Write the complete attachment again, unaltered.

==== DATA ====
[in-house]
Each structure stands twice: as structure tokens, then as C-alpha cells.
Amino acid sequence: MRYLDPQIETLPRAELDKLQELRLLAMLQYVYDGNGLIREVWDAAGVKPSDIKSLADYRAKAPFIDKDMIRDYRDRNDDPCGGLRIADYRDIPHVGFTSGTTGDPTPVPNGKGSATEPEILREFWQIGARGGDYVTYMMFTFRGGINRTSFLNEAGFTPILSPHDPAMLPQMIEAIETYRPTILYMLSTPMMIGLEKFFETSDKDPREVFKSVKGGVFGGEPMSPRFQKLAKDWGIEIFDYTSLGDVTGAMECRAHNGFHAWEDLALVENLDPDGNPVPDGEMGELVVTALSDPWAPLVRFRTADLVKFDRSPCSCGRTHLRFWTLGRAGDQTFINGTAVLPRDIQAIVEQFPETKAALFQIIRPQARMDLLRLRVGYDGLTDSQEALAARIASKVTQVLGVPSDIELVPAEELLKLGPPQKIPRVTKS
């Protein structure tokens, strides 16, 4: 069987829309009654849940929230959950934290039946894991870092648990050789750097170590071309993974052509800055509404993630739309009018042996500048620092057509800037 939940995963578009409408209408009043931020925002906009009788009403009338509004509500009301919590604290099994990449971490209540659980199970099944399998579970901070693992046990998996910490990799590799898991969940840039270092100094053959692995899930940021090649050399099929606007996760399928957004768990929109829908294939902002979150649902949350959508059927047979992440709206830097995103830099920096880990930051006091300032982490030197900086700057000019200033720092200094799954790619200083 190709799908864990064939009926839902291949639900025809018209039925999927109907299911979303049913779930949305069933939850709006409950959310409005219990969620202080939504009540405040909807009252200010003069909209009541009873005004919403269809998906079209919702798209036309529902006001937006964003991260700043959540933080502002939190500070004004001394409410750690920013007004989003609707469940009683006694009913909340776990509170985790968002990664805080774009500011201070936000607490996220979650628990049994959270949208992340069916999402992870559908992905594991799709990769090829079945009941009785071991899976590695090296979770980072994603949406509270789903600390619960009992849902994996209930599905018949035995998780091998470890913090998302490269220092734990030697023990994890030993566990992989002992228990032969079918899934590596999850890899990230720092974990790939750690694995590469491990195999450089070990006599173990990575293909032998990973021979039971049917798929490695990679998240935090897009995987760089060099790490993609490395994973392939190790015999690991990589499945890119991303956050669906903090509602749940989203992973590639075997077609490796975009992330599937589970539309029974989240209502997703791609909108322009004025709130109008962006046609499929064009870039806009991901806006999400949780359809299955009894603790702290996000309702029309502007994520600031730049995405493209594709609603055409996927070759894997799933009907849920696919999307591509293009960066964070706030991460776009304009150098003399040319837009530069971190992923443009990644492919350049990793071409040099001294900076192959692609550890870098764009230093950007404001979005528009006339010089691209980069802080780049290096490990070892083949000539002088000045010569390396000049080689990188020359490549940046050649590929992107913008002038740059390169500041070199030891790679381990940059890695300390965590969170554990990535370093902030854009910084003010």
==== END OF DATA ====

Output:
[in-house]
Each structure stands twice: as structure tokens, then as C-alpha cells.
Amino acid sequence: MRYLDPQIETLPRAELDKLQELRLLAMLQYVYDGNGLIREVWDAAGVKPSDIKSLADYRAKAPFIDKDMIRDYRDRNDDPCGGLRIADYRDIPHVGFTSGTTGDPTPVPNGKGSATEPEILREFWQIGARGGDYVTYMMFTFRGGINRTSFLNEAGFTPILSPHDPAMLPQMIEAIETYRPTILYMLSTPMMIGLEKFFETSDKDPREVFKSVKGGVFGGEPMSPRFQKLAKDWGIEIFDYTSLGDVTGAMECRAHNGFHAWEDLALVENLDPDGNPVPDGEMGELVVTALSDPWAPLVRFRTADLVKFDRSPCSCGRTHLRFWTLGRAGDQTFINGTAVLPRDIQAIVEQFPETKAALFQIIRPQARMDLLRLRVGYDGLTDSQEALAARIASKVTQVLGVPSDIELVPAEELLKLGPPQKIPRVTKS
């Protein structure tokens, strides 16, 4: 069987829309009654849940929230959950934290039946894991870092648990050789750097170590071309993974052509800055509404993630739309009018042996500048620092057509800037 939940995963578009409408209408009043931020925002906009009788009403009338509004509500009301919590604290099994990449971490209540659980199970099944399998579970901070693992046990998996910490990799590799898991969940840039270092100094053959692995899930940021090649050399099929606007996760399928957004768990929109829908294939902002979150649902949350959508059927047979992440709206830097995103830099920096880990930051006091300032982490030197900086700057000019200033720092200094799954790619200083 190709799908864990064939009926839902291949639900025809018209039925999927109907299911979303049913779930949305069933939850709006409950959310409005219990969620202080939504009540405040909807009252200010003069909209009541009873005004919403269809998906079209919702798209036309529902006001937006964003991260700043959540933080502002939190500070004004001394409410750690920013007004989003609707469940009683006694009913909340776990509170985790968002990664805080774009500011201070936000607490996220979650628990049994959270949208992340069916999402992870559908992905594991799709990769090829079945009941009785071991899976590695090296979770980072994603949406509270789903600390619960009992849902994996209930599905018949035995998780091998470890913090998302490269220092734990030697023990994890030993566990992989002992228990032969079918899934590596999850890899990230720092974990790939750690694995590469491990195999450089070990006599173990990575293909032998990973021979039971049917798929490695990679998240935090897009995987760089060099790490993609490395994973392939190790015999690991990589499945890119991303956050669906903090509602749940989203992973590639075997077609490796975009992330599937589970539309029974989240209502997703791609909108322009004025709130109008962006046609499929064009870039806009991901806006999400949780359809299955009894603790702290996000309702029309502007994520600031730049995405493209594709609603055409996927070759894997799933009907849920696919999307591509293009960066964070706030991460776009304009150098003399040319837009530069971190992923443009990644492919350049990793071409040099001294900076192959692609550890870098764009230093950007404001979005528009006339010089691209980069802080780049290096490990070892083949000539002088000045010569390396000049080689990188020359490549940046050649590929992107913008002038740059390169500041070199030891790679381990940059890695300390965590969170554990990535370093902030854009910084003010």